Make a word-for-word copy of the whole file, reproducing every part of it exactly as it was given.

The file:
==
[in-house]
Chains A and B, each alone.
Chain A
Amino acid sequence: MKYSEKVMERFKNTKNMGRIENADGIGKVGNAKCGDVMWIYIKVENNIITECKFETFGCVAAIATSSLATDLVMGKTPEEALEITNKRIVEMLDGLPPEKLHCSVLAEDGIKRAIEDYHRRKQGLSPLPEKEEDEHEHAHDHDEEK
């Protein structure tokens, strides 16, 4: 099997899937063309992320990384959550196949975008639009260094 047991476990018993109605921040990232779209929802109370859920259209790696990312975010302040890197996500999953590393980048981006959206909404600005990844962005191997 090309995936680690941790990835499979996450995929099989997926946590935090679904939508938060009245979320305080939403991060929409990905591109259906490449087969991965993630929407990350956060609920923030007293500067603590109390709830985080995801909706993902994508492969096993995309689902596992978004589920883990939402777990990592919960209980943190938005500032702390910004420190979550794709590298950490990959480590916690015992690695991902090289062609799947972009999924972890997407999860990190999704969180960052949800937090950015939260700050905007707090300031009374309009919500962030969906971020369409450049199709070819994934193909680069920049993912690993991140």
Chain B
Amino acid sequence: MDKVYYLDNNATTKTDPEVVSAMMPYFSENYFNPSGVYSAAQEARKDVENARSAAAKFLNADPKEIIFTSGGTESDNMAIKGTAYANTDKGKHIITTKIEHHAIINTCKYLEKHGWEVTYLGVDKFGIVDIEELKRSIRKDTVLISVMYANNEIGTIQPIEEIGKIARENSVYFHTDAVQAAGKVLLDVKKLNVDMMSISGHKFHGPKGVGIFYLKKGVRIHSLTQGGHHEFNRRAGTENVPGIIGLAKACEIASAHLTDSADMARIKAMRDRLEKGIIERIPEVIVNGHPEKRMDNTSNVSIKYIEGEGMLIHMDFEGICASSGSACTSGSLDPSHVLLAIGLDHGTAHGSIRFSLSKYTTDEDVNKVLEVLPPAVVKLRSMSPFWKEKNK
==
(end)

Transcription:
[in-house]
Chains A and B, each alone.
Chain A
Amino acid sequence: MKYSEKVMERFKNTKNMGRIENADGIGKVGNAKCGDVMWIYIKVENNIITECKFETFGCVAAIATSSLATDLVMGKTPEEALEITNKRIVEMLDGLPPEKLHCSVLAEDGIKRAIEDYHRRKQGLSPLPEKEEDEHEHAHDHDEEK
């Protein structure tokens, strides 16, 4: 099997899937063309992320990384959550196949975008639009260094 047991476990018993109605921040990232779209929802109370859920259209790696990312975010302040890197996500999953590393980048981006959206909404600005990844962005191997 090309995936680690941790990835499979996450995929099989997926946590935090679904939508938060009245979320305080939403991060929409990905591109259906490449087969991965993630929407990350956060609920923030007293500067603590109390709830985080995801909706993902994508492969096993995309689902596992978004589920883990939402777990990592919960209980943190938005500032702390910004420190979550794709590298950490990959480590916690015992690695991902090289062609799947972009999924972890997407999860990190999704969180960052949800937090950015939260700050905007707090300031009374309009919500962030969906971020369409450049199709070819994934193909680069920049993912690993991140």
Chain B
Amino acid sequence: MDKVYYLDNNATTKTDPEVVSAMMPYFSENYFNPSGVYSAAQEARKDVENARSAAAKFLNADPKEIIFTSGGTESDNMAIKGTAYANTDKGKHIITTKIEHHAIINTCKYLEKHGWEVTYLGVDKFGIVDIEELKRSIRKDTVLISVMYANNEIGTIQPIEEIGKIARENSVYFHTDAVQAAGKVLLDVKKLNVDMMSISGHKFHGPKGVGIFYLKKGVRIHSLTQGGHHEFNRRAGTENVPGIIGLAKACEIASAHLTDSADMARIKAMRDRLEKGIIERIPEVIVNGHPEKRMDNTSNVSIKYIEGEGMLIHMDFEGICASSGSACTSGSLDPSHVLLAIGLDHGTAHGSIRFSLSKYTTDEDVNKVLEVLPPAVVKLRSMSPFWKEKNK